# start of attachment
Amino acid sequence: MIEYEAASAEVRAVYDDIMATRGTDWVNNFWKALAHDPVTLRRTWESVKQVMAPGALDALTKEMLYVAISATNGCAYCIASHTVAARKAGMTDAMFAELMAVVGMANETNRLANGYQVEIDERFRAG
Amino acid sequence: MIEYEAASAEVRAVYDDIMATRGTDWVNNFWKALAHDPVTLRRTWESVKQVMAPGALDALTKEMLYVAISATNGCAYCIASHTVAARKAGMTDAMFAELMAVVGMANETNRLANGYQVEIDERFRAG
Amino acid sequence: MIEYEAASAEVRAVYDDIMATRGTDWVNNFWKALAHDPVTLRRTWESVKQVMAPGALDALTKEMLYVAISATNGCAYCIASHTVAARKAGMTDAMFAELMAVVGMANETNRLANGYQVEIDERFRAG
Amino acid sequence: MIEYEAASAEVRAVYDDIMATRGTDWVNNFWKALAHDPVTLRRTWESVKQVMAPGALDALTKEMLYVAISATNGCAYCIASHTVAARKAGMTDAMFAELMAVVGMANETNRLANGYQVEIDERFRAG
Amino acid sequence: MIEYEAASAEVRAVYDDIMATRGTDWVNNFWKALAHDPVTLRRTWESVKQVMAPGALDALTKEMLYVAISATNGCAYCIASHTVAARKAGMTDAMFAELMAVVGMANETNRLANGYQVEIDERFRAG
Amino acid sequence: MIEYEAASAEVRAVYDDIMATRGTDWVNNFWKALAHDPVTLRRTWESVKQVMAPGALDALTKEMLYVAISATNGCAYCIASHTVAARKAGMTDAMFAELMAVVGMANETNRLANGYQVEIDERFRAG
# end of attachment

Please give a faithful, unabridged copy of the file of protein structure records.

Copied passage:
Amino acid sequence: MIEYEAASAEVRAVYDDIMATRGTDWVNNFWKALAHDPVTLRRTWESVKQVMAPGALDALTKEMLYVAISATNGCAYCIASHTVAARKAGMTDAMFAELMAVVGMANETNRLANGYQVEIDERFRAG
Amino acid sequence: MIEYEAASAEVRAVYDDIMATRGTDWVNNFWKALAHDPVTLRRTWESVKQVMAPGALDALTKEMLYVAISATNGCAYCIASHTVAARKAGMTDAMFAELMAVVGMANETNRLANGYQVEIDERFRAG
Amino acid sequence: MIEYEAASAEVRAVYDDIMATRGTDWVNNFWKALAHDPVTLRRTWESVKQVMAPGALDALTKEMLYVAISATNGCAYCIASHTVAARKAGMTDAMFAELMAVVGMANETNRLANGYQVEIDERFRAG
Amino acid sequence: MIEYEAASAEVRAVYDDIMATRGTDWVNNFWKALAHDPVTLRRTWESVKQVMAPGALDALTKEMLYVAISATNGCAYCIASHTVAARKAGMTDAMFAELMAVVGMANETNRLANGYQVEIDERFRAG
Amino acid sequence: MIEYEAASAEVRAVYDDIMATRGTDWVNNFWKALAHDPVTLRRTWESVKQVMAPGALDALTKEMLYVAISATNGCAYCIASHTVAARKAGMTDAMFAELMAVVGMANETNRLANGYQVEIDERFRAG
Amino acid sequence: MIEYEAASAEVRAVYDDIMATRGTDWVNNFWKALAHDPVTLRRTWESVKQVMAPGALDALTKEMLYVAISATNGCAYCIASHTVAARKAGMTDAMFAELMAVVGMANETNRLANGYQVEIDERFRAG